Nicodemus is Puzzled by Jesus
The evening had not got at all how Nicodemus had expected or wanted. He had come to Jesus looking for clarity. He wanted to get from the pious Galilean, of whom the ordinary folk seem so enthused and excited, and whose words seemed to impress even a few of the learned, some sort of an explanation. Nicodemus had come across the city, in darkness, to Jesus’ lodgings, hoping to avoid the notice of his friends among the council or his enemies. He told himself it was to allow himself to give Jesus a fair hearing without the prejudices of those other voices. But the truth was he was afraid of the embarrassment or the risk that being seen to associate with so controversial a figure might put him in. Since Jesus had caused that disturbance in the temple, driving away the money changers, interrupting the supply of animals for the sacrifice. For a whole day he had brought to a stop to the connection between the people and God which the temple provided. Since that near riot few of the people that Nicodemus knew were prepared to give Jesus the time of day. How could this man, they asked, how could this man speak for God or even about God when he showed such contempt for the temple and God’s anointed priesthood who run it? Though Nicodemus wasn’t so sure. Many of the priests he knew were contemptible. And the Temple was seldom the place where he felt connected to God. Nicodemus wanted to be able sit on the fence a little longer, at least not be against Jesus just yet. He wanted to listen some more, but not commit himself openly either, if he didn’t have to.
But as the evening wore on and as Jesus tried to explain to Nicodemus again and again, who he was, what he was doing, Nicodemus continued to struggle. Each time Jesus’ words and the thoughts behind them were becoming clear Jesus’ words seemed slippery and their meaning escaped him and Nicodemus was plunged into doubt again:
“No one can see the Kingdom of God without being born from above,”
said Jesus. Or did he mean “again.” How can anyone be born after having grown old? Nicodemus spoke his thought out loud. The words had slipped out before he could hold his tongue. And Jesus had dismissed Nicodemus’ qualification to teach the nation as a consequence. Nicodemus had listened mostly in gloomy silence since then. No, the evening was not going the way Nicodemus had wanted.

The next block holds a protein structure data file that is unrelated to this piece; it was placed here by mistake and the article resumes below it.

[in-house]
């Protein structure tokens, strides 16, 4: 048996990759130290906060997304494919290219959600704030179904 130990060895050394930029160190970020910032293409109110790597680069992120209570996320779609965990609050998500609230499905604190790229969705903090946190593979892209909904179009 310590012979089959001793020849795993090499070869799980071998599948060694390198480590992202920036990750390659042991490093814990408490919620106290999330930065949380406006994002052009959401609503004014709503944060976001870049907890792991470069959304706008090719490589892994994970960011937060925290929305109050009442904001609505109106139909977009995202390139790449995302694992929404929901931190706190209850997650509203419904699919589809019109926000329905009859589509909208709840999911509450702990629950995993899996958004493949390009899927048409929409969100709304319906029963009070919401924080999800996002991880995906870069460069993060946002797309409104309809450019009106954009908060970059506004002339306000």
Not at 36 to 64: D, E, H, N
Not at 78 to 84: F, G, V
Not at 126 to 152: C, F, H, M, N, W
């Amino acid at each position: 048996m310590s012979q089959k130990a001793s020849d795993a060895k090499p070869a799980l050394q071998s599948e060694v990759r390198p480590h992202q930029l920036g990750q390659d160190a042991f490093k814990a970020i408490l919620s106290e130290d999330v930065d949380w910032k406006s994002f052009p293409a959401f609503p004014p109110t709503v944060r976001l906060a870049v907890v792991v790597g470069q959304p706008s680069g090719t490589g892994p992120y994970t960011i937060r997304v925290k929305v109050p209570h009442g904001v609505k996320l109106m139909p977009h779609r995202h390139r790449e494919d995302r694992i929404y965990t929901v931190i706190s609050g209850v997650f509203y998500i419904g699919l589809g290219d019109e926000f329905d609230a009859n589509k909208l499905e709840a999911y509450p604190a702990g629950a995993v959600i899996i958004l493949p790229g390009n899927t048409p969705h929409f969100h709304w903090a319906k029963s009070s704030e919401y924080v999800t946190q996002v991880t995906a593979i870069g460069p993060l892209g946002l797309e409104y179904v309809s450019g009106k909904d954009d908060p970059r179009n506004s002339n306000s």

Now Jesus seems almost to have lost sight of Nicodemus sitting beside him at table. The empty dishes from their long finished meal are still in front of them. Jesus has warmed to to his theme. His words spin out, as if he were addressing the whole world and not just his dinner companion.
“And as Moses lifted up the serpent in the wilderness, so must the Son of Man be lifted up, that whoever believes in him may have eternal life.”
Of course Nicodemus knows the story. A moment in their people’s history. Long ago as they wandered through the desert, and they grumbled. No one could grumble like an Israelite. They had grumbled against Moses and against God. But grumbling never makes anything better only worse. Their exaggeration that they were “literally” dying of hunger and thirst out in this desert suddenly became literally true. As if their words had come back to bite them their camp was filled with poisonous snakes and they really were dying! But God provided an answer, a way for the people to live. Moses erected a cast bronze snake on a pole at the centre of the camp. Whenever anyone was bitten by one of the real poisonous snakes all they had to do was trust in the sign that was given, look toward the bronze snake and they would live. The poison that had entered their lives would be taken from them. It was a story that had always puzzled Nicodemus. One moment God absolutely prohibited the making of images of any of the beasts of the earth. The next minute God was commanding it, as a sign of his power to save!